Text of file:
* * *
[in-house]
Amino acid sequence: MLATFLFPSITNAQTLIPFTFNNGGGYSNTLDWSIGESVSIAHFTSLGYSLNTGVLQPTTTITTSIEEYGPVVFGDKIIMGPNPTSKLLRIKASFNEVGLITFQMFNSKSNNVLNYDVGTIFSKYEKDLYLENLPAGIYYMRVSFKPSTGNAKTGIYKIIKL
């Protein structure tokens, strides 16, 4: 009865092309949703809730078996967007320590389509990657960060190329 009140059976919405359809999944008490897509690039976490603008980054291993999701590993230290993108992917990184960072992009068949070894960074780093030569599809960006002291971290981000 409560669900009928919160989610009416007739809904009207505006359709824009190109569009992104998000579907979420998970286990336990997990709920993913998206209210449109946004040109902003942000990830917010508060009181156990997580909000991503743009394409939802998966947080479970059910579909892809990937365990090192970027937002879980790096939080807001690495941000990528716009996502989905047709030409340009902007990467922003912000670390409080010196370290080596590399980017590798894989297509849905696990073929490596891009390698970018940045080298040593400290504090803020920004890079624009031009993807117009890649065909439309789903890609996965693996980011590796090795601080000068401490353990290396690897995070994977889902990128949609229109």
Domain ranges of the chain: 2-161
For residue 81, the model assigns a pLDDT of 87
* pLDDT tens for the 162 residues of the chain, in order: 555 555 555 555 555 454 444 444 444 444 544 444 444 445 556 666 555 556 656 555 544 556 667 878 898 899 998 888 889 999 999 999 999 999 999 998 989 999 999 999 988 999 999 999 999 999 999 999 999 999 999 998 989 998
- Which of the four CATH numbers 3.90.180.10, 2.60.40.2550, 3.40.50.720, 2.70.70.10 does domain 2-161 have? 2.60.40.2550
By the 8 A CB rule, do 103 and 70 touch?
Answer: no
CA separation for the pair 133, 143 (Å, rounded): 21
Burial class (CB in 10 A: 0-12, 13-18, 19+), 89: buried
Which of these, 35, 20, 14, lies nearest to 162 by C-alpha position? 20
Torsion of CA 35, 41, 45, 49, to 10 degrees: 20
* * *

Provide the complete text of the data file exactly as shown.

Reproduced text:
[in-house]
Amino acid sequence: MLATFLFPSITNAQTLIPFTFNNGGGYSNTLDWSIGESVSIAHFTSLGYSLNTGVLQPTTTITTSIEEYGPVVFGDKIIMGPNPTSKLLRIKASFNEVGLITFQMFNSKSNNVLNYDVGTIFSKYEKDLYLENLPAGIYYMRVSFKPSTGNAKTGIYKIIKL
């Protein structure tokens, strides 16, 4: 009865092309949703809730078996967007320590389509990657960060190329 009140059976919405359809999944008490897509690039976490603008980054291993999701590993230290993108992917990184960072992009068949070894960074780093030569599809960006002291971290981000 409560669900009928919160989610009416007739809904009207505006359709824009190109569009992104998000579907979420998970286990336990997990709920993913998206209210449109946004040109902003942000990830917010508060009181156990997580909000991503743009394409939802998966947080479970059910579909892809990937365990090192970027937002879980790096939080807001690495941000990528716009996502989905047709030409340009902007990467922003912000670390409080010196370290080596590399980017590798894989297509849905696990073929490596891009390698970018940045080298040593400290504090803020920004890079624009031009993807117009890649065909439309789903890609996965693996980011590796090795601080000068401490353990290396690897995070994977889902990128949609229109």
Domain ranges of the chain: 2-161
For residue 81, the model assigns a pLDDT of 87
* pLDDT tens for the 162 residues of the chain, in order: 555 555 555 555 555 454 444 444 444 444 544 444 444 445 556 666 555 556 656 555 544 556 667 878 898 899 998 888 889 999 999 999 999 999 999 998 989 999 999 999 988 999 999 999 999 999 999 999 999 999 999 998 989 998
- Which of the four CATH numbers 3.90.180.10, 2.60.40.2550, 3.40.50.720, 2.70.70.10 does domain 2-161 have? 2.60.40.2550
By the 8 A CB rule, do 103 and 70 touch?
Answer: no
CA separation for the pair 133, 143 (Å, rounded): 21
Burial class (CB in 10 A: 0-12, 13-18, 19+), 89: buried
Which of these, 35, 20, 14, lies nearest to 162 by C-alpha position? 20
Torsion of CA 35, 41, 45, 49, to 10 degrees: 20